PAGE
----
What you wear to any ceremony meant to honor and memorialize a person who has passed has significance in most cultures and religions. While these practices vary widely, they unite us in a common goal of mourning and paying respect to the one who passed and their loved ones. So, if you are wondering what to wear to an ash scattering ceremony, you are joining billions of people in a ritual of loss performed for many generations. Please keep reading if you have any questions about what to wear to scatter ashes. We’ll discuss what to wear, what not to wear, and what to bring to an ash scattering ceremony.
What to Wear to Scatter Ashes
Thankfully, the answers to this question are short. Wear dark colors, preferably black. Think formal and elegant. Eschew flashy and go with conservative. The idea is to keep the attention on the person who passed and their loved ones. Go easy on the jewelry and think in subtle touches. While these are the general western rules of thumb, consider the culture of the loved one who passed. Some cultures may naturally be more dressy or casual, but you’ll never go wrong with the above guidelines.
However, what to wear to scatter ashes needs further discussion since the guidelines we just discussed were for the traditional indoor ceremony. While the general ideas can be used for ash scattering ceremonies, you may have other factors to contend with, such as a more rugged outdoor location or a boat. Safety and comfort trump other funeral etiquette, so if you need to wear a brightly colored windbreaker on a boat, so be it.
When you’re scattering ashes outdoors, probably the most essential item of clothing to consider is your shoes. Heels are likely a no-go, though low, wide heels might be ok on a manicured lawn. Otherwise, flats are the safest option. While the invitation to an ash scattering ceremony may provide any pertinent details about the location, don’t be afraid to clarify if you’re not sure if there’s a hike involved or not. For more outdoorsy places, consider athletic shoes, hiking boots, or any comfortable shoes that have a good grip and cover your feet.
What Not to Wear to an Ash Scattering Ceremony
In general, avoid bright colors, light colors, and casual clothing. Anything that draws attention to yourself, like a lot of jewelry or a t-shirt with words or graphics, is best left at home. Even if the deceased would have thought your t-shirt was hilarious, it’s more polite to save the humor for a more casual affair. Don’t wear a lot of flashy jewelry. This is not a time for statement earrings. Subtle and basic accessories like watches are fine. If you don’t have dark colors, lighter-colored attire that is more formal is acceptable. The exceptions to these rules depend on culture and where the ash scattering is being held. Not everyone has black hiking boots, for example. Remember, we dress the way we do for funerals as a sign of respect for the person passed and their grieving loved ones. It’s a way of showing support for those who are still here and honoring the person who’s passed.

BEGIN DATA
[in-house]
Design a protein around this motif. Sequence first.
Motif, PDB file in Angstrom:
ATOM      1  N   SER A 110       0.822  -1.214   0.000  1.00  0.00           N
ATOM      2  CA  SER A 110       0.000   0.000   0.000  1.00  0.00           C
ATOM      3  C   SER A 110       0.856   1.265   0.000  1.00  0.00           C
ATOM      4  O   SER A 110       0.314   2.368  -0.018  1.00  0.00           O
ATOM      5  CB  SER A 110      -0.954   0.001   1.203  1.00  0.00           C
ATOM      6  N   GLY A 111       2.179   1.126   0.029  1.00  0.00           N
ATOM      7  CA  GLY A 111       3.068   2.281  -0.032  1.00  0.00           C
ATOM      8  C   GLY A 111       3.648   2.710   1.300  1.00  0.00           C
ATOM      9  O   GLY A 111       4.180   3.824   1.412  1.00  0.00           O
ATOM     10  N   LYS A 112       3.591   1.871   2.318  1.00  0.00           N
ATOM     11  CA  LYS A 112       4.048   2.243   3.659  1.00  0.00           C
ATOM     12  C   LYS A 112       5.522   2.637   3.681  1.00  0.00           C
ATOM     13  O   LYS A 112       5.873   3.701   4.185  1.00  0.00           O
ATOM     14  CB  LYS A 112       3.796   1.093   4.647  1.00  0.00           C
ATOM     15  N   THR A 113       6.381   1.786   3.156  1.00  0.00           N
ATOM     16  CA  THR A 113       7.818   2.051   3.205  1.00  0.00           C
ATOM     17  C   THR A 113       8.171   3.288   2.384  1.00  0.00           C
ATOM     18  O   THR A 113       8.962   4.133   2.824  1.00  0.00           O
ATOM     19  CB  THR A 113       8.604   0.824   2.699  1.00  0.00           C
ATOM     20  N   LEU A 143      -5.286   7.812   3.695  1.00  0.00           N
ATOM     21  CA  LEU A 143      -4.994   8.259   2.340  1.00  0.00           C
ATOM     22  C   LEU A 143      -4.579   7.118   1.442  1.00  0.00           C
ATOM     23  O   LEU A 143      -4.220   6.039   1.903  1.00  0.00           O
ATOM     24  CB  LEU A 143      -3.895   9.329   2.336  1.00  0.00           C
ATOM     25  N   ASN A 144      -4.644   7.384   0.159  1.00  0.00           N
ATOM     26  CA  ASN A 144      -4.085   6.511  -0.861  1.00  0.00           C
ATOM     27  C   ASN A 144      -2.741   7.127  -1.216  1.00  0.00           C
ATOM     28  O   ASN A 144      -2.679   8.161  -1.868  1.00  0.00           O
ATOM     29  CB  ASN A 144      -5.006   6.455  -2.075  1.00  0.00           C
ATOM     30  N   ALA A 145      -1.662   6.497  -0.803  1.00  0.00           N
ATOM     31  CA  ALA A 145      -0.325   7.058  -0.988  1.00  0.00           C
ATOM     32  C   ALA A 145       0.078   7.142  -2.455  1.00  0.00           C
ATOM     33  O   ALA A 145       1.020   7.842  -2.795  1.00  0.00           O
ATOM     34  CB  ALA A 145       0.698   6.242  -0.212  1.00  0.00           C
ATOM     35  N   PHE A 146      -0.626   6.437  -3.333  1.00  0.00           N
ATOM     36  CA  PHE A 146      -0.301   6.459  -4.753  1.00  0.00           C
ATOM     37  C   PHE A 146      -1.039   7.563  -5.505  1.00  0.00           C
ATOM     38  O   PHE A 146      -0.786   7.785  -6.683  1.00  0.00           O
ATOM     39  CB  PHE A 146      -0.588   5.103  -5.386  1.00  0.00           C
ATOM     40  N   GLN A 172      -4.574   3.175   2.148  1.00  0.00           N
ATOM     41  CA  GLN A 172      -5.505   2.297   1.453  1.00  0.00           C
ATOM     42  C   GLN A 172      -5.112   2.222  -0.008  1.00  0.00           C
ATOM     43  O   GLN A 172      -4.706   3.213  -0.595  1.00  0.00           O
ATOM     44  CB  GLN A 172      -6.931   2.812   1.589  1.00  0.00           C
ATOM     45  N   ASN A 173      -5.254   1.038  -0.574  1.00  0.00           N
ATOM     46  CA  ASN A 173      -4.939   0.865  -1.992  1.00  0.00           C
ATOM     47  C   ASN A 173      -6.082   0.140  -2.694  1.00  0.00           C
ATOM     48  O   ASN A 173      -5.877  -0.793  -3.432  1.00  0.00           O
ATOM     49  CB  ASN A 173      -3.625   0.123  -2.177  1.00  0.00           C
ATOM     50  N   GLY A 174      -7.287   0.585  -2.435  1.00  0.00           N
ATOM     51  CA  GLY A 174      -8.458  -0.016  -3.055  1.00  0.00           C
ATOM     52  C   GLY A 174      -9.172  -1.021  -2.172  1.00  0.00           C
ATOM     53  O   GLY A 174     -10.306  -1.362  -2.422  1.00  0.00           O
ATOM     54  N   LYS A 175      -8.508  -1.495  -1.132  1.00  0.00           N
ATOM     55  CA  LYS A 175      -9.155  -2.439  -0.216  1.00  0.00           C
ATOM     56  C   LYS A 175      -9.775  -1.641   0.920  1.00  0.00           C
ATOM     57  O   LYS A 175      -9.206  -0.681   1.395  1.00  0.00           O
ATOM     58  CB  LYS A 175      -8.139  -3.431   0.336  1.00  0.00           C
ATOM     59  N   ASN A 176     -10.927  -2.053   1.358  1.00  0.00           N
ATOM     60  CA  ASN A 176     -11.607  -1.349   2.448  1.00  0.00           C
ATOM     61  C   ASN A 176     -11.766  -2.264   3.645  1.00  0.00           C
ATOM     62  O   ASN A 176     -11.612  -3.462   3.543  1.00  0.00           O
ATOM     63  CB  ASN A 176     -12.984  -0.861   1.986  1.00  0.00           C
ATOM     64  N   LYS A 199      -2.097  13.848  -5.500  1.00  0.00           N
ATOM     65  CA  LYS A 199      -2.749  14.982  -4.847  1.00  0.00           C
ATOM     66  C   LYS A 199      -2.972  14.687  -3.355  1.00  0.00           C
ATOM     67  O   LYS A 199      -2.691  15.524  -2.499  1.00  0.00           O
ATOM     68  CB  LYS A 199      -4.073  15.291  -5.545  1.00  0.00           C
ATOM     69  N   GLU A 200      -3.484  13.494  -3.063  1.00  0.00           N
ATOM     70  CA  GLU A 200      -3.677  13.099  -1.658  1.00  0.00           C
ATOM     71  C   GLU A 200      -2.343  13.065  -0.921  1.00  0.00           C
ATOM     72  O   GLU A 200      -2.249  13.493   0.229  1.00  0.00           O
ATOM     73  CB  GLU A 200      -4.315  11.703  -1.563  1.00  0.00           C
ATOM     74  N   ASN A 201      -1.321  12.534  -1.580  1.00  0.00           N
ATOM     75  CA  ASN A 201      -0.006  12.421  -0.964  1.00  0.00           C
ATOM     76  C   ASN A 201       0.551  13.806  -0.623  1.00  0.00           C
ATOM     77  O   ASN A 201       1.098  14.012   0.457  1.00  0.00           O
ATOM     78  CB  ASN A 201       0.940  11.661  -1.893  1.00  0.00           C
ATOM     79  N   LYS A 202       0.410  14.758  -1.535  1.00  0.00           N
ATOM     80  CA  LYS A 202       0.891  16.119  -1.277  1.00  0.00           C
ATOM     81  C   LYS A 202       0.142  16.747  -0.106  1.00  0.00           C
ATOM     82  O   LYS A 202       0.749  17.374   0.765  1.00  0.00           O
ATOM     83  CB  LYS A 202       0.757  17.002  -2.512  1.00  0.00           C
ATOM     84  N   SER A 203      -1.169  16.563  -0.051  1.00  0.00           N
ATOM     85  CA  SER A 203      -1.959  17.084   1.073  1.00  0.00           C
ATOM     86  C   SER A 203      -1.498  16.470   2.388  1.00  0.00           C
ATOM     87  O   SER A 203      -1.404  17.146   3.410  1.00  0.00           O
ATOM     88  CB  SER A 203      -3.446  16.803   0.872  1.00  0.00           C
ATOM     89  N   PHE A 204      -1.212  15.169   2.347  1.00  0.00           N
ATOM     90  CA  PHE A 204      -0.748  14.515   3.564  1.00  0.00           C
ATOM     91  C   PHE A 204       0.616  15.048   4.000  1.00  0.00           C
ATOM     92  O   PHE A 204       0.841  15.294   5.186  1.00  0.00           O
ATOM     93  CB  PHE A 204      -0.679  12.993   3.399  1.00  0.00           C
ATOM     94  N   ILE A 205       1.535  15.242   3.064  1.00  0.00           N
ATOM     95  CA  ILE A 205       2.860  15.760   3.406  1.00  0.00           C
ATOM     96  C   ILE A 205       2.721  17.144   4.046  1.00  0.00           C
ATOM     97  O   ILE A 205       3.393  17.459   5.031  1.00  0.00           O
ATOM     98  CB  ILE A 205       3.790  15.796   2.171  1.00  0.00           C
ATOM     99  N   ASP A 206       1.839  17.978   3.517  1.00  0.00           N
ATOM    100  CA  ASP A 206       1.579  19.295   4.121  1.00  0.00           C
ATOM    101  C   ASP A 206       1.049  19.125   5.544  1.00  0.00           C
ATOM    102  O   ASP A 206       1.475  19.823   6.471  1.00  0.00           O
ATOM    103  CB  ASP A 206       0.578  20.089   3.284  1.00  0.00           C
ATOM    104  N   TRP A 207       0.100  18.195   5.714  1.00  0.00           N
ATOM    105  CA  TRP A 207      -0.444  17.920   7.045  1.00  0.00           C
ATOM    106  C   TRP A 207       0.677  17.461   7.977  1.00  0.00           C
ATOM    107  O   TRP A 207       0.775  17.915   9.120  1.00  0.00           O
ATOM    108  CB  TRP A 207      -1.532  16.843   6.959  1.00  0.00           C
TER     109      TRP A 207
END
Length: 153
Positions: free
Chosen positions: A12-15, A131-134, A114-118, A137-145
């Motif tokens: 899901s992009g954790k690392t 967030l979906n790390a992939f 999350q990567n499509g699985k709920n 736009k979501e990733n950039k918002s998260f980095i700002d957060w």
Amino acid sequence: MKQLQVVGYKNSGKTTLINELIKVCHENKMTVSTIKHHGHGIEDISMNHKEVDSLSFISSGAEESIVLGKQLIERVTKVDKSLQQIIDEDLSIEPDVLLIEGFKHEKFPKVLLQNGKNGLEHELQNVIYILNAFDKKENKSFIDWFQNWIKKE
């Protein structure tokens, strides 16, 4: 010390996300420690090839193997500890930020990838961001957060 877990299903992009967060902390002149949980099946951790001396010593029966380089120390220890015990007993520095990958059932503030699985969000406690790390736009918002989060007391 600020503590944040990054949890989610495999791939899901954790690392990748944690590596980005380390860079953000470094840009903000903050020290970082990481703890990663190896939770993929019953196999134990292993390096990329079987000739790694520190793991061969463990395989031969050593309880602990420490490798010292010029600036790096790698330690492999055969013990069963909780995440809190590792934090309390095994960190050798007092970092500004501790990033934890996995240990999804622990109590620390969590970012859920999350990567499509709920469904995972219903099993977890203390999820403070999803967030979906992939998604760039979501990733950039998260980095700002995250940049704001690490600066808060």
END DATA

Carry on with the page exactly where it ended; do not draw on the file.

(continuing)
What to Bring to an Ash Scattering Ceremony
Depending on where the ceremony is being held, you may want to bring a few essentials in a discreet bag. Water is always a good idea for any outdoor activity. Depending on the weather, be it rainy or especially bright, an umbrella will help repel the elements and increase comfort. Dress appropriately in jackets, coats, or short sleeves, depending on the climate. Not only will this help you stay comfortable, but it reduces the risk of a weather-related health incident. If it’s hot and sunny, pack salt tabs in case of dehydration, extra water, sunscreen, and wear hats or sunglasses. For wet weather, grab a slicker or two as well as your umbrella. If you’ll be out in nature, such as in a national park, some bug spray may be a very welcome addition. For any location, consider stashing some granola or protein bars in your bag as well.
If you’re scattering the ashes on the ocean from a boat, ginger candies are a good idea for any unexpected motion sickness. Wear closed-toed shoes with good grip and dress for the wind, e.g., hair pulled back, warm clothing, and windbreakers. Even if it’s cold out on the water, also bring some sunscreen since the sun reflects off the surface of the water. When in doubt, check with the person organizing the service; they should know if you need anything special. If you’d like to offer your help and support, asking if you can bring anything, like food or drinks or chairs, is a kind and thoughtful act of service to the people who’ve just lost a loved one.
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